UN welcomes ceasefire in Yemen

The UN Secretary-General, António Guterres welcomes the announcement by the Kingdom of Saudi Arabia, on behalf of the “Coalition to Support Legitimacy in Yemen”, of a unilateral ceasefire in Yemen.

This can help to advance efforts towards peace as well as the country’s response to the COVID-19 pandemic.

Guterres calls upon the Government of Yemen and Ansar Allah to follow through on their commitment to immediately cease hostilities. I also call on the Government and the Houthis to engage with each other, in good faith and without preconditions, in negotiations facilitated by my Special Envoy Martin Griffiths.

“Only through dialogue will the parties be able to agree on a mechanism for sustaining a nation-wide ceasefire, humanitarian and economic confidence-building measures to alleviate the suffering of the Yemeni people, and the resumption of the political process to reach a comprehensive settlement to end the conflict,” Guterres said.

Furthermore, The Special Envoy of the Secretary-General for Yemen, Martin Griffiths, welcomes the announcement by the Joint Forces Command of a two-week unilateral ceasefire covering all ground, maritime and air operations in Yemen starting 9 April. The announcement comes in support of the UN’s peace process and the UN Secretary-General’s call for a nationwide ceasefire in order to avert the grave risks of a COVID-19 outbreak.

“I am grateful to the Kingdom of Saudi Arabia and the Arab Coalition for recognizing and acting on this critical moment for Yemen. The parties must now utilize this opportunity and cease immediately all hostilities with the utmost urgency, and make progress towards comprehensive and sustainable peace” said Mr. Griffiths.

The Special Envoy has been mediating between the parties to reach agreements on a nation-wide ceasefire, humanitarian and economic measures that will bring tangible relief to the people of Yemen, and the resumption of the political process to comprehensively end the war. The Special Envoy hopes and expects that the Coalition’s ceasefire announcement will create a conducive environment for the parties to conclude these agreements in the very near future.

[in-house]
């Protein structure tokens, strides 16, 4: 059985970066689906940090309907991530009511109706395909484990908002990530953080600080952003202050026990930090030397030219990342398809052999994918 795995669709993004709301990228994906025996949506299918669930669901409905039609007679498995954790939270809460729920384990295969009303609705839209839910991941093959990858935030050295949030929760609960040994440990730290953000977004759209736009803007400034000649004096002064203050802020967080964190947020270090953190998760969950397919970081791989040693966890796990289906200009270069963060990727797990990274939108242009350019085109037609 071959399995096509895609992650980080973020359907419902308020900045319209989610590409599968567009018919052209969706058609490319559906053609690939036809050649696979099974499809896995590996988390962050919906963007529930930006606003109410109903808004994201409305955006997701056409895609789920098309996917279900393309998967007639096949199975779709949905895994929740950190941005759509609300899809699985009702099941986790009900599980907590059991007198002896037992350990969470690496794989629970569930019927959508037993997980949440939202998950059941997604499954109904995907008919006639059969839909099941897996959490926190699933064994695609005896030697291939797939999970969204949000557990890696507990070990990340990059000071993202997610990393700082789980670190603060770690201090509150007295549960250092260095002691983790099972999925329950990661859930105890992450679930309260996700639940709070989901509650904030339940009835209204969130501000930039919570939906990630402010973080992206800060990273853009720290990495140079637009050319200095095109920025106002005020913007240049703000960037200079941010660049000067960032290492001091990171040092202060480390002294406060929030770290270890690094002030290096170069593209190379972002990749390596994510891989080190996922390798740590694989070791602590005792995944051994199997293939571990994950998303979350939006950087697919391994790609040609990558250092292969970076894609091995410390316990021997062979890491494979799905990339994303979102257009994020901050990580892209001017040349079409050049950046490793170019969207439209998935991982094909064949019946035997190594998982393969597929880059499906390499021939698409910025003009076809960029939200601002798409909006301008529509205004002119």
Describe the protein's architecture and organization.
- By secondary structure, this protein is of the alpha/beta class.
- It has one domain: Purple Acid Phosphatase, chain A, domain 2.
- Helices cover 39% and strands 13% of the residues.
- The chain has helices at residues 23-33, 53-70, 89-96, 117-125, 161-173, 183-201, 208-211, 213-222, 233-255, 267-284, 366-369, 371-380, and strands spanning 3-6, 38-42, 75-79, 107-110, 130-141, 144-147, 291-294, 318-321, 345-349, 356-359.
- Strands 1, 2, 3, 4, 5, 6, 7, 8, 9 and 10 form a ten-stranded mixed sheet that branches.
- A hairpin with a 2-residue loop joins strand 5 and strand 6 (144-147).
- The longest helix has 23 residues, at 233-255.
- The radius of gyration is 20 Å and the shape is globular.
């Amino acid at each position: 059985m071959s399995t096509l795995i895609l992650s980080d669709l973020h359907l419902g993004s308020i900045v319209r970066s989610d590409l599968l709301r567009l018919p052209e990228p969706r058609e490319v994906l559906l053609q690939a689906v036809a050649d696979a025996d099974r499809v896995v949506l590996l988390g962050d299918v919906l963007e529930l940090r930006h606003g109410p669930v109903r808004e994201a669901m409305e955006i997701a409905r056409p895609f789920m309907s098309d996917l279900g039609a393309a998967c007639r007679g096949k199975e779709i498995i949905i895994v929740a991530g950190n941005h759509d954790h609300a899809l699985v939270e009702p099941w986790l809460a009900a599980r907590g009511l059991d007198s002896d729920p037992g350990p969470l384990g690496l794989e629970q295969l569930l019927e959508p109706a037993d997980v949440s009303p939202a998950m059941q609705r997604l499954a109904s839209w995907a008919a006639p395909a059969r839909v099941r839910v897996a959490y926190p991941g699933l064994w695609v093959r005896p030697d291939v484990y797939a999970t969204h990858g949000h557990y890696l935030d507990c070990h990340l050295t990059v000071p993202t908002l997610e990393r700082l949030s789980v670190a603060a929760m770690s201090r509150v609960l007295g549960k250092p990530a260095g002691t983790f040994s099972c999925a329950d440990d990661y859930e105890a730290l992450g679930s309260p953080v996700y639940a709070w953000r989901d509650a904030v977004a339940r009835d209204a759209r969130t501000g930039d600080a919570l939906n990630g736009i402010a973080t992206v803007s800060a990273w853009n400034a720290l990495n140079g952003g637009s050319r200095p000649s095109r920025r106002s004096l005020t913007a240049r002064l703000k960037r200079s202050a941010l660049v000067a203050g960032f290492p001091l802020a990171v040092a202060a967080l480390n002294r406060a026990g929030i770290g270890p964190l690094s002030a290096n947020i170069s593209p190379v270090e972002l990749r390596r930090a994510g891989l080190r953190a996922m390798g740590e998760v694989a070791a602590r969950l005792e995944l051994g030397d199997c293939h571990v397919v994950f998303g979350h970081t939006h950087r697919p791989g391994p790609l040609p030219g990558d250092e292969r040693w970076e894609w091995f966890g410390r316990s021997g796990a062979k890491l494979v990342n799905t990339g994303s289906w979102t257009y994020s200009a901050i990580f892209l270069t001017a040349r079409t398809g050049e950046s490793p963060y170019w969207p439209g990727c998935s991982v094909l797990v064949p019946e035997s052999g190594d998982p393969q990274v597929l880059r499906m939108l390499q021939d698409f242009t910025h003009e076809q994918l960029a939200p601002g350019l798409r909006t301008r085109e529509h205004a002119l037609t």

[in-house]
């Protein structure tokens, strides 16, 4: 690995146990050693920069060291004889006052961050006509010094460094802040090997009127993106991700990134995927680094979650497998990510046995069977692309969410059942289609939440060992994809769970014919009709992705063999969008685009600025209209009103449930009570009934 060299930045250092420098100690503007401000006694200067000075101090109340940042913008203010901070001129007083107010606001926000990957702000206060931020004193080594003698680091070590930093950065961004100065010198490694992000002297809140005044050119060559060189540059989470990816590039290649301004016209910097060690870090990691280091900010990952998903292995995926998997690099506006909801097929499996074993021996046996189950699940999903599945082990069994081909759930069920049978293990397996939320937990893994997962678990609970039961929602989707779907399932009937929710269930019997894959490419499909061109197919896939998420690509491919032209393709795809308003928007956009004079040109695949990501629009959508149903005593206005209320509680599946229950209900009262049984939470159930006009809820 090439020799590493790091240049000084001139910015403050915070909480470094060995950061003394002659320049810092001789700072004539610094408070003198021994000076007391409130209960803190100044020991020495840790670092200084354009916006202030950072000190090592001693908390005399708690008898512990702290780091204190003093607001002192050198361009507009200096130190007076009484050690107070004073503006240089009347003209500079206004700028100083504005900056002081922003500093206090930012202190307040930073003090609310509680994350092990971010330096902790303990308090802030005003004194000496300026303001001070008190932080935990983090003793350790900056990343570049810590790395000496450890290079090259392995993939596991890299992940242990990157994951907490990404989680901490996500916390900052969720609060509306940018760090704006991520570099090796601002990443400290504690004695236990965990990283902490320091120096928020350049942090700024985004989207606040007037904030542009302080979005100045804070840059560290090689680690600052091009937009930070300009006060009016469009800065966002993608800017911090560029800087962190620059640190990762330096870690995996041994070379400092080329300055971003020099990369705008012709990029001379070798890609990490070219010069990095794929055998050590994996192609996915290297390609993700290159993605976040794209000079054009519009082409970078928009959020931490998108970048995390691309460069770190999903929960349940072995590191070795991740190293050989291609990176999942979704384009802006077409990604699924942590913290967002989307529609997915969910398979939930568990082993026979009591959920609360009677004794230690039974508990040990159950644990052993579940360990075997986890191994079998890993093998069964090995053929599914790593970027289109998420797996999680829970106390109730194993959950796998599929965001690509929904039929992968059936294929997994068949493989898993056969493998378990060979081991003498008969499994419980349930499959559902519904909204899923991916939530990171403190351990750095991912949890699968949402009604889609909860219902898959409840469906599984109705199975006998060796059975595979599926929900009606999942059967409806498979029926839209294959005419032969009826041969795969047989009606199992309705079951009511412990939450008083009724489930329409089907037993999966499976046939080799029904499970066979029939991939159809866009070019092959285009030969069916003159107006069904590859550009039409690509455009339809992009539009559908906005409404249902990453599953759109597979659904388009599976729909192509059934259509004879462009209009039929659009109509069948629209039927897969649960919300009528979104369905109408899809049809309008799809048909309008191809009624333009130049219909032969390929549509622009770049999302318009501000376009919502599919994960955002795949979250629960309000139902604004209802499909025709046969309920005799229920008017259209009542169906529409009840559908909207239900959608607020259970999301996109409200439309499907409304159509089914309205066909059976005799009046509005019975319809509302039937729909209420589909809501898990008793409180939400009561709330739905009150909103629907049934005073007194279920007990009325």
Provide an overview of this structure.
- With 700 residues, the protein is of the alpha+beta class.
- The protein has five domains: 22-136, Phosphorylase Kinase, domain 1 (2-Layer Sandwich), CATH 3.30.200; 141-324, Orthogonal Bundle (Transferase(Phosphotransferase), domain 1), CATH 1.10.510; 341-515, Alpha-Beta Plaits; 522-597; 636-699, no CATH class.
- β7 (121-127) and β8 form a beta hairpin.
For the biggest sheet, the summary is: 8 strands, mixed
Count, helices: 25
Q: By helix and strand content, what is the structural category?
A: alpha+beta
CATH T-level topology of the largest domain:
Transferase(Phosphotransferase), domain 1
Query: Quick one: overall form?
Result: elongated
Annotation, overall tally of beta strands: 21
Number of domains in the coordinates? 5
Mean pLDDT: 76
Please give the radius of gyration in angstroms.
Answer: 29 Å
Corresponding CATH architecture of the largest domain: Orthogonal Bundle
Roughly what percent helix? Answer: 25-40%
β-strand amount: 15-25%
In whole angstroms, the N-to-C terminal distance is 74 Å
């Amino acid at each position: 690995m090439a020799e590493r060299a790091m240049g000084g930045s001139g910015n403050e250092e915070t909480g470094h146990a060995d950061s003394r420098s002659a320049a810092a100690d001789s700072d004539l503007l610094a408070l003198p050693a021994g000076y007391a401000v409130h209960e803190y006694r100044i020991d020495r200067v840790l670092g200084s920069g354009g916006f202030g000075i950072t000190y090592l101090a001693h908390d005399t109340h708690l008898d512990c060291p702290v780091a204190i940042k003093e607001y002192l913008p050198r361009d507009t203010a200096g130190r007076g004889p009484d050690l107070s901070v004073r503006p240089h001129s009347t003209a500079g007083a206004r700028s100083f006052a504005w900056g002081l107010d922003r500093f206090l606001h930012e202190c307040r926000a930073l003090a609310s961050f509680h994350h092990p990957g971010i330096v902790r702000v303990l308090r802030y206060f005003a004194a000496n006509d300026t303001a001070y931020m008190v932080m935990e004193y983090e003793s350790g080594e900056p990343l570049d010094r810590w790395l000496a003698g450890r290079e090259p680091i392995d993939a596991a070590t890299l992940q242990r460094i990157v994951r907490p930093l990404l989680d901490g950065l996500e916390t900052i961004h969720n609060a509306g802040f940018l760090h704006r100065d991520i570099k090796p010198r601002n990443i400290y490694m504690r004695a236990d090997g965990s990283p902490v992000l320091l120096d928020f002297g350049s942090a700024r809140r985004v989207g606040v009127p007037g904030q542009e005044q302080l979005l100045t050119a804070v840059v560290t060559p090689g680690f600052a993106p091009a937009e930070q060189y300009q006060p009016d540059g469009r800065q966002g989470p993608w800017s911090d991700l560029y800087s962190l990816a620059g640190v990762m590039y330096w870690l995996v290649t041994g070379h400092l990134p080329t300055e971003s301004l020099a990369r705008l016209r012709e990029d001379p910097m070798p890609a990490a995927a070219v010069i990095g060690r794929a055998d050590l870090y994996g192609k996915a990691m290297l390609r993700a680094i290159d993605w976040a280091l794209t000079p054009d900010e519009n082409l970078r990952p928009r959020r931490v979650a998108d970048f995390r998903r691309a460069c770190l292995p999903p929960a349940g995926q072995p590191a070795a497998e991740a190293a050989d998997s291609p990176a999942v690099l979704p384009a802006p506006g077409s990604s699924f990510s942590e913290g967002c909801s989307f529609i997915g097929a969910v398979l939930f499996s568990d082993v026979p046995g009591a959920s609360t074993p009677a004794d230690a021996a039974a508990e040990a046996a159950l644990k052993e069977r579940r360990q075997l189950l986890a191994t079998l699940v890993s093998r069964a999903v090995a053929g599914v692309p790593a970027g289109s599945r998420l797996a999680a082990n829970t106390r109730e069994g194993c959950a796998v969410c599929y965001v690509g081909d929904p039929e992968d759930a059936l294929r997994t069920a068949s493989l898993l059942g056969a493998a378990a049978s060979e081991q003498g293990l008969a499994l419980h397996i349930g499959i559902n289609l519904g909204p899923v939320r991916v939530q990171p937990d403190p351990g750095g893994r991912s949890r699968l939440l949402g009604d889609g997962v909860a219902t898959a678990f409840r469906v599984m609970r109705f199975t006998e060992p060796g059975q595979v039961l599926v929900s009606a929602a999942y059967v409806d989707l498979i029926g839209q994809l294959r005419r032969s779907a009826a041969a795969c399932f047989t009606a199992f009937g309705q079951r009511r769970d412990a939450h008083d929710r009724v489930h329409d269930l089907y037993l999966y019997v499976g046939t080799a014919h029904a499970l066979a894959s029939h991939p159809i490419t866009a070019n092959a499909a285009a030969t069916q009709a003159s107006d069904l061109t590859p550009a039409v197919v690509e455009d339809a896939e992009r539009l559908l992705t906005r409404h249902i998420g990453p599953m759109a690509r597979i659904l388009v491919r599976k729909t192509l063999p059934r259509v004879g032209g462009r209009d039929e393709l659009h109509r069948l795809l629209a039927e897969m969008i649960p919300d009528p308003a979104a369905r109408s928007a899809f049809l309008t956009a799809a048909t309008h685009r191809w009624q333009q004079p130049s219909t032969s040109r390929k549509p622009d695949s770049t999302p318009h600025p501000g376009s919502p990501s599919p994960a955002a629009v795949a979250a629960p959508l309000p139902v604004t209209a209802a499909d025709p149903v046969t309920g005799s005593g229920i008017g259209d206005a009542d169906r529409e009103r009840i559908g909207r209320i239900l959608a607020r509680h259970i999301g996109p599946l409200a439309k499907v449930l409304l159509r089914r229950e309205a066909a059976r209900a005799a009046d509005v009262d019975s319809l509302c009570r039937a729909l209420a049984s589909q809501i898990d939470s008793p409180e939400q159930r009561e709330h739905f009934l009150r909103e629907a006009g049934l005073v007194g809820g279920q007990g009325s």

Saudi Arabia on Wednesday announced that the kingdom and its allies would observe a unilateral cease-fire in the war in Yemen starting at noon on Thursday, a move that could pave the way for ending the brutal five-year-old conflict.

Saudi officials said the cease-fire sought to jump-start peace talks brokered by the United Nations and had been motivated by fears of the coronavirus spreading in Yemen, the poorest country in the Arab world, where the health care system has been ravaged by years of blockade and conflict.

The cease-fire, the Saudi officials said, would last for two weeks and include Saudi Arabia’s Arab allies and the internationally recognized Yemeni government.

The Houthis were not consulted before the cease-fire was announced, Saudi officials said, speaking on condition that they not be identified by name, and the kingdom reserved the right to respond if the Houthis fired missiles into Saudi territory.

Shortly before the Saudi announcement, a senior Houthi official, Mohammed Ali al-Houthi, posted a detailed, eight-page plan to end the war on his Twitter account, raising questions about whether the warring parties were competing to appear more interested in peace than their enemies.